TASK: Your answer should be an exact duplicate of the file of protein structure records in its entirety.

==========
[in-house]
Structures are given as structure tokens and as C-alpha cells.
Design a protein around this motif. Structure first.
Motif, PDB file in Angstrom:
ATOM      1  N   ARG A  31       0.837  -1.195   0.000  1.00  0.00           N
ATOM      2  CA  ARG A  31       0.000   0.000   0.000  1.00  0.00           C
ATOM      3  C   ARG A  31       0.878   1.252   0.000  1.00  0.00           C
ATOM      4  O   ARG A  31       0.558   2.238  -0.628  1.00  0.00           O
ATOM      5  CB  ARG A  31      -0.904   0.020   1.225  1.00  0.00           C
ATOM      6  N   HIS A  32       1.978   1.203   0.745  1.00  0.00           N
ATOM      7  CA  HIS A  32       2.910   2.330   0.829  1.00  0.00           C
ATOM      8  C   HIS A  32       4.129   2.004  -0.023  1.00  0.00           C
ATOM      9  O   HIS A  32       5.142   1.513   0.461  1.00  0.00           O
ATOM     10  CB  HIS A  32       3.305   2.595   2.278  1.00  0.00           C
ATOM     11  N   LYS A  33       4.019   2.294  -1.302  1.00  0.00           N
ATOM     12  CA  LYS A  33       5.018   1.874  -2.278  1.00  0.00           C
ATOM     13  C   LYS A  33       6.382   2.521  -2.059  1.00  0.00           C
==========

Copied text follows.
[in-house]
Structures are given as structure tokens and as C-alpha cells.
Design a protein around this motif. Structure first.
Motif, PDB file in Angstrom:
ATOM      1  N   ARG A  31       0.837  -1.195   0.000  1.00  0.00           N
ATOM      2  CA  ARG A  31       0.000   0.000   0.000  1.00  0.00           C
ATOM      3  C   ARG A  31       0.878   1.252   0.000  1.00  0.00           C
ATOM      4  O   ARG A  31       0.558   2.238  -0.628  1.00  0.00           O
ATOM      5  CB  ARG A  31      -0.904   0.020   1.225  1.00  0.00           C
ATOM      6  N   HIS A  32       1.978   1.203   0.745  1.00  0.00           N
ATOM      7  CA  HIS A  32       2.910   2.330   0.829  1.00  0.00           C
ATOM      8  C   HIS A  32       4.129   2.004  -0.023  1.00  0.00           C
ATOM      9  O   HIS A  32       5.142   1.513   0.461  1.00  0.00           O
ATOM     10  CB  HIS A  32       3.305   2.595   2.278  1.00  0.00           C
ATOM     11  N   LYS A  33       4.019   2.294  -1.302  1.00  0.00           N
ATOM     12  CA  LYS A  33       5.018   1.874  -2.278  1.00  0.00           C
ATOM     13  C   LYS A  33       6.382   2.521  -2.059  1.00  0.00           C